The Pentagon Has Lost Its Leverage with Egypt. Now What?
Defense Secretary Chuck Hagel has been on the phone with his Egyptian counterpart, Gen. Abdul Fattah al-Sissi, almost every day since the July 3 military ouster of President Mohamed Morsi. And every day he has urged the Egyptian defense minister to find a peaceful resolution to the political turmoil. He’s called al-Sissi at least 15 times since the military booted Morsi from power, a Pentagon official told Defense One.
By all accounts, al-Sissi had agreed. Just last week, Hagel hung up the phone with Cairo and was reassured that the Egyptian military wanted a peaceful transition. “Minister Al-Sisi underscored his commitment to peaceful resolution of the ongoing protests, and thanked Secretary Hagel for U.S. support,” the Pentagon said, in a description of the Aug. 5 phone call.
After yesterday’s bloody crackdown in the streets of Egypt that left more than 500 dead, including women and children, and scores more injured, it’s clear that Hagel’s pleas have gone unheard or ignored. With world leaders, including President Barack Obama, decrying the massacre, and ice bags and desk fans futilely cooling the overflowing bodies in Cairo’s morgues, Hagel called al-Sissi again on Thursday. According to a Pentagon statement, Hagel “reiterated that the United States remains ready to work with all parties to help achieve a peaceful, inclusive way forward. The Department of Defense will continue to maintain a military relationship with Egypt,” Hagel said, “but I made it clear that the violence and inadequate steps towards reconciliation are putting important elements of our longstanding defense cooperation at risk.”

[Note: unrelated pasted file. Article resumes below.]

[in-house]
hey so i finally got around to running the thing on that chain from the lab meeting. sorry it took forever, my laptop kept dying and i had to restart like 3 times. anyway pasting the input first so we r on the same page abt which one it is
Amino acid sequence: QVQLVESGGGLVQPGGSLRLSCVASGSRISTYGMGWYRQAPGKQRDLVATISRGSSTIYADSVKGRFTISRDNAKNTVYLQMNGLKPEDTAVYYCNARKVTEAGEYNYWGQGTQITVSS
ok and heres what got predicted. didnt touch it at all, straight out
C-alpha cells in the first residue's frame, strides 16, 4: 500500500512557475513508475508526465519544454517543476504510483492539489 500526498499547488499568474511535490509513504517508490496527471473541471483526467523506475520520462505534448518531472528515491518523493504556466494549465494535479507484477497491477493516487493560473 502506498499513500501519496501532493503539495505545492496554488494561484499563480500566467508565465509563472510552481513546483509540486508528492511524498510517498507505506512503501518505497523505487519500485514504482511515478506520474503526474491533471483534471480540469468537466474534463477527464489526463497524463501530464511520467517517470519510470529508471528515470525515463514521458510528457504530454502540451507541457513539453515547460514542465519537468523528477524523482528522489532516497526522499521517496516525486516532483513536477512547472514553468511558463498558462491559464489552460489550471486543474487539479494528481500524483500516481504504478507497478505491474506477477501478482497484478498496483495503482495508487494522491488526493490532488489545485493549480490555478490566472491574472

Hagel’s tepid response falls in line with the commander-in-chief’s own wait-and-see reaction to the deepening Egyptian crisis. President Barack Obama has refused to call the military takedown of Morsi’s elected government a coup, and will continue to send the $1.3 billion in military aid that the U.S. gives to Egypt each year. And Obama is insisting that this is Egypt’s problem — not America’s.
“America cannot determine the future of Egypt. That’s a task for the Egyptian people,” Obama said in a statement from his Martha’s Vineyard vacation on Thursday morning. “We don’t take sides with any particular party or political figure. I know it’s tempting inside of Egypt to blame the United States or the West or some other outside actor for what’s gone wrong.”
Obama announced he was canceling “Bright Star,” a joint military exercise with Egypt and several other nations that dates back to 1980 and the Camp David peace accord. The exercise hasn’t been held since 2009, however, and the Egyptian military is clearly too busy to participate anyway.
When asked whether canceling the exercise would even be a motivating factor for al-Sissi to end the bloodshed, Pentagon Press Secretary George Little argued it sent “a clear signal, we believe, to Egyptian authorities that we are deeply concerned about recent events in the country.”
But deep concern, after more than a dozen phone calls from Hagel and several more from other members of the Obama administration, including Secretary of State John Kerry, doesn’t seem to have influenced al-Sissi’s decision making on the other end of the line.
With the Obama administration clearly still willing to write a $1.3 billion check, the Pentagon seems to have had little influence in prevention the Aug. 14 massacre. And Hagel’s telephone diplomacy may have even less influence on directing whatever steps al-Sissi may yet take.
“We’re watching to see what happens next in the country,” said Little.